Some had high hopes for the San Antonio Spurs this offseason. They were early contenders to land Chris Paul, and are still a possible destination for Kyrie Irving. But, for now, the Spurs remained quiet, emphasizing continuity, with few noteworthy moves.
After all, they’ve been among the best teams in the Western Conference for decades. They made the Western Conference Finals last year. Gregg Popovich always makes the most of his roster, and San Antonio consistently overachieves during the regular season.
This offseason, the Spurs retained Patty Mills, Manu Ginobili and Pau Gasol, while adding Rudy Gay, Brandon Paul and Joffrey Lauvergne. The team let Dewayne Dedmon, Jonathon Simmons and, likely, David Lee walk. Although these were mostly minor moves, they do change the landscape of the Spurs’ future.
Re-signing Patty Mills on a four-year, $50 million contract isn’t bad value. Tony Parker, who’s being paid north of $15 million this year, is on the last year of his deal. He’s also a below-average starting point guard who is aging quickly and currently injured. This move signals that the Spurs are ready to make Mills their starting point guard of the future — at least for now.
But Mills is going to turn 29 before the season begins. He, too, is a below-average starting point guard and was practically invisible against the Warriors in all facets of the game. He’s neither a great defender nor shot creator. Do the Spurs really want to build a contender around him?
Meanwhile, re-signing Pau Gasol for three years, $48 million (with the last year partially guaranteed), was one of the worst moves of the summer league-wide. Pau Gasol opted out of his $16 million contract this season, hoping to return to the Spurs on a longer deal. But nobody expected his new longer contract to have the same per-year salary as his old one.
This move frankly makes little sense. Gasol may have had a storied career, but he’s 37, immobile defensively and a poor fit with LaMarcus Aldridge. He was in and out of the starting lineup last year. Paying him big money over three years significantly reduces their ability to bring in free agents in the future.
Add the losses of Jonathon Simmons and Dewayne Dedmon — younger players with athleticism and defensive potential — and the Spurs will likely be older and worse on the defensive end next season. Rudy Gay, their most significant signing, is already 30 and coming off an Achilles injury — one of the most debilitating injuries in basketball. Most known for his isolation scoring, he’s an odd fit for the Spurs’ methodical system.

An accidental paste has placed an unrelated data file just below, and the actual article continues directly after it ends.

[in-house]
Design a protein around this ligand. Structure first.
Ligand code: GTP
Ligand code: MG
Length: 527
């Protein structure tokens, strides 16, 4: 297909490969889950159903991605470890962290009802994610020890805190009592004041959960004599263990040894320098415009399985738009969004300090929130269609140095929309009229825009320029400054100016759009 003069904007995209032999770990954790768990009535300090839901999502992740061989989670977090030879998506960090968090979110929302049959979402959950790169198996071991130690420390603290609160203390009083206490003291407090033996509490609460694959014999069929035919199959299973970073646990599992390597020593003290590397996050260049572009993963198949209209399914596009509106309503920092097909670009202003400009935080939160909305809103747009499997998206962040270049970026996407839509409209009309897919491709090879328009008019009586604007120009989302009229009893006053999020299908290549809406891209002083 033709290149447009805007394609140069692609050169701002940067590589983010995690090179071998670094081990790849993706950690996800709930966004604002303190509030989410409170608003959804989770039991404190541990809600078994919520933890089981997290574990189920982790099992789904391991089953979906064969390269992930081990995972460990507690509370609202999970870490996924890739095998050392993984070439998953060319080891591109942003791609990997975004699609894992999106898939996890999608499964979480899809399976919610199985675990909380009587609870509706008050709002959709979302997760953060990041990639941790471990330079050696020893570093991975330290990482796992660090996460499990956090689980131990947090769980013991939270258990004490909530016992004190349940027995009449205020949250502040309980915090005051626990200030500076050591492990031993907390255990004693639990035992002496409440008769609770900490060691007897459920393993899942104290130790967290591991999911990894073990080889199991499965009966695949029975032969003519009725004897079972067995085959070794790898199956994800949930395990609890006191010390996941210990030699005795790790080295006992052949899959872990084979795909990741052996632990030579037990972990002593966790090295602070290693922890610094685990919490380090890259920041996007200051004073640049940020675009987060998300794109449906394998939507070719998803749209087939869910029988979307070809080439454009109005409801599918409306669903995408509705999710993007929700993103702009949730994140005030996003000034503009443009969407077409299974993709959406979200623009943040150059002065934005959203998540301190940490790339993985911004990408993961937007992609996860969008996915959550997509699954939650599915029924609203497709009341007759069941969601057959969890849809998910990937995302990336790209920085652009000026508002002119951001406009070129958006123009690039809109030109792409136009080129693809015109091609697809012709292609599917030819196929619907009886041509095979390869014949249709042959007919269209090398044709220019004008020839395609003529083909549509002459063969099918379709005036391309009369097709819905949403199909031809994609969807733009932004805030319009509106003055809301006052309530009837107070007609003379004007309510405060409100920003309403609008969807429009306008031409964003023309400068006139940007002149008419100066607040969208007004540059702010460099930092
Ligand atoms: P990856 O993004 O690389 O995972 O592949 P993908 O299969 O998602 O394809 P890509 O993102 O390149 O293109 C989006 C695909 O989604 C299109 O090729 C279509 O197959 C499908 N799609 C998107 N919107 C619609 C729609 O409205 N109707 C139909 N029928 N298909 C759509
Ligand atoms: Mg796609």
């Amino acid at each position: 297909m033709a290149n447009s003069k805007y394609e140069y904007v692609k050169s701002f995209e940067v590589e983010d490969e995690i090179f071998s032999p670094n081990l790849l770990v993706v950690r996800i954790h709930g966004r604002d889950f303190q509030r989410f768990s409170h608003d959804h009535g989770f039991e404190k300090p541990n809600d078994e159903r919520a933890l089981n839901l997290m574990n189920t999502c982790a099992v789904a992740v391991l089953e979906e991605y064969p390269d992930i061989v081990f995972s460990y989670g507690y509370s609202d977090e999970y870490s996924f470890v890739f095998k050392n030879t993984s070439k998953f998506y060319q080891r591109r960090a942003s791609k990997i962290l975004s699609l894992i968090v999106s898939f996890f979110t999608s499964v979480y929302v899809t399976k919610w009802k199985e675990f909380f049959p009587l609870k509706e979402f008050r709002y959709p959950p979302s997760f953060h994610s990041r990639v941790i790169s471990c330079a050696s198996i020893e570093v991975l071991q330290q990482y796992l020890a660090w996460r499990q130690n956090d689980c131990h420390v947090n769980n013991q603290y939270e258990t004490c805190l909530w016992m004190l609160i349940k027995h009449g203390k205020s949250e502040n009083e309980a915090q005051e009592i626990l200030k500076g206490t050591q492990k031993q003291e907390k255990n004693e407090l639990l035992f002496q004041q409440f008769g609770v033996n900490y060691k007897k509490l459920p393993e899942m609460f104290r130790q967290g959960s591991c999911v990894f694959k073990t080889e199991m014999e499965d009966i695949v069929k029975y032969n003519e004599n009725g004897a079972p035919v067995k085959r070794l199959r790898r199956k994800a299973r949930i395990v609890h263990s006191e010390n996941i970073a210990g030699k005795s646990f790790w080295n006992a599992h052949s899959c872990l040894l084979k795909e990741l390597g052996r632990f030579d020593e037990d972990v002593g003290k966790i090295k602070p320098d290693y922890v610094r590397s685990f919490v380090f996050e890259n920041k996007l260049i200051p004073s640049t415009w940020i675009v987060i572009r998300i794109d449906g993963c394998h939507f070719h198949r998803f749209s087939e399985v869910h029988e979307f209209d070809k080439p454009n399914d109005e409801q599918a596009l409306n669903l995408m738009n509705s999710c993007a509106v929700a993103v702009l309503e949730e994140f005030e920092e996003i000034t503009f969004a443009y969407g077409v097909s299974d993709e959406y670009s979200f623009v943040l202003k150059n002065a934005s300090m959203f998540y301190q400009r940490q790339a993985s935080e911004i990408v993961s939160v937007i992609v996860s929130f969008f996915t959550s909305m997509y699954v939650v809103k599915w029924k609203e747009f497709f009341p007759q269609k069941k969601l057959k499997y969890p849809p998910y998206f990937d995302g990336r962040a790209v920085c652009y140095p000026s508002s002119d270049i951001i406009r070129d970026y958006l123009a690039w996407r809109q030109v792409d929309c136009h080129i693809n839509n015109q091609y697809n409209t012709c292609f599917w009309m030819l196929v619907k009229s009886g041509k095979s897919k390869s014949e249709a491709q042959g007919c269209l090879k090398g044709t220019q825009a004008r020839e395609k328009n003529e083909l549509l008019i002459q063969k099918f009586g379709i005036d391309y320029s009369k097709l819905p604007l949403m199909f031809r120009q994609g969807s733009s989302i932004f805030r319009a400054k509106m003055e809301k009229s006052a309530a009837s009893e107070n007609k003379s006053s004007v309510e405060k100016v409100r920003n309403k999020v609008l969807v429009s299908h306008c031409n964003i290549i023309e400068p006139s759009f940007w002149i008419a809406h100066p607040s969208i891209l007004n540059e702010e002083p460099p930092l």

Aldridge, who signed in San Antonio to be a focal point of the Spurs offense, has disappointed, disappearing in key games and rarely making an impact on defense. He’s 32 and likely won’t be improving. Danny Green, maybe the Spurs’ second-most important player, has been in an offensive slump for two years, and he is already 30.
After this offseason, the Spurs are only going to be older next season, and likely worse on defense. And even worse, they’ve compromised their cap flexibility in future seasons. They won’t be able to sign a lucrative free agent next summer unless they move major pieces, and don’t have a clear direction for their team’s future.
They may have had their sights on stars like Chris Paul in free agency, but struck out on all of them. It would be rash to condemn them to the bottom of the West with MVP candidate Kawhi Leonard in tow. But there are real questions about their competitive ceiling in the coming years.
How do they match up with the Warriors?
For the first half of Game 1 of the 2017 Western Conference Finals, the Spurs dominated the Warriors. But once Leonard was injured, the Spurs collapsed. Nobody, other than maybe Jonathon Simmons, stepped up against the Warriors for the rest of the series.
Over a seven-game series, a front court of Gasol and Aldridge won’t be able to contend with the Warriors. They are simply too slow and porous on defense.
Popovich might find success playing Leonard at the four (a lineup construction he hasn’t embraced yet), but the Spurs might not have the versatility on the wings to keep up. Will Danny Green, Manu Ginobili, Rudy Gay and maybe Kyle Anderson be enough?
Because of Popovich’s system and Leonard’s dominance on both sides of the court, the Spurs will likely be one of the top four teams in the Western Conference this year. But come playoff time, it’s unlikely they give the Warriors much of a fight with this roster.
Of course, if the Spurs find a way to snag Kyrie Irving, or another star, they could be contenders again. But right now, it looks like it’s Kawhi Leonard versus everybody else.
And with sizable cap commitments to role players, the Spurs might have trouble improving their roster until 2019. In the arms race of the Western Conference, it’s clear that the Spurs took a small step back.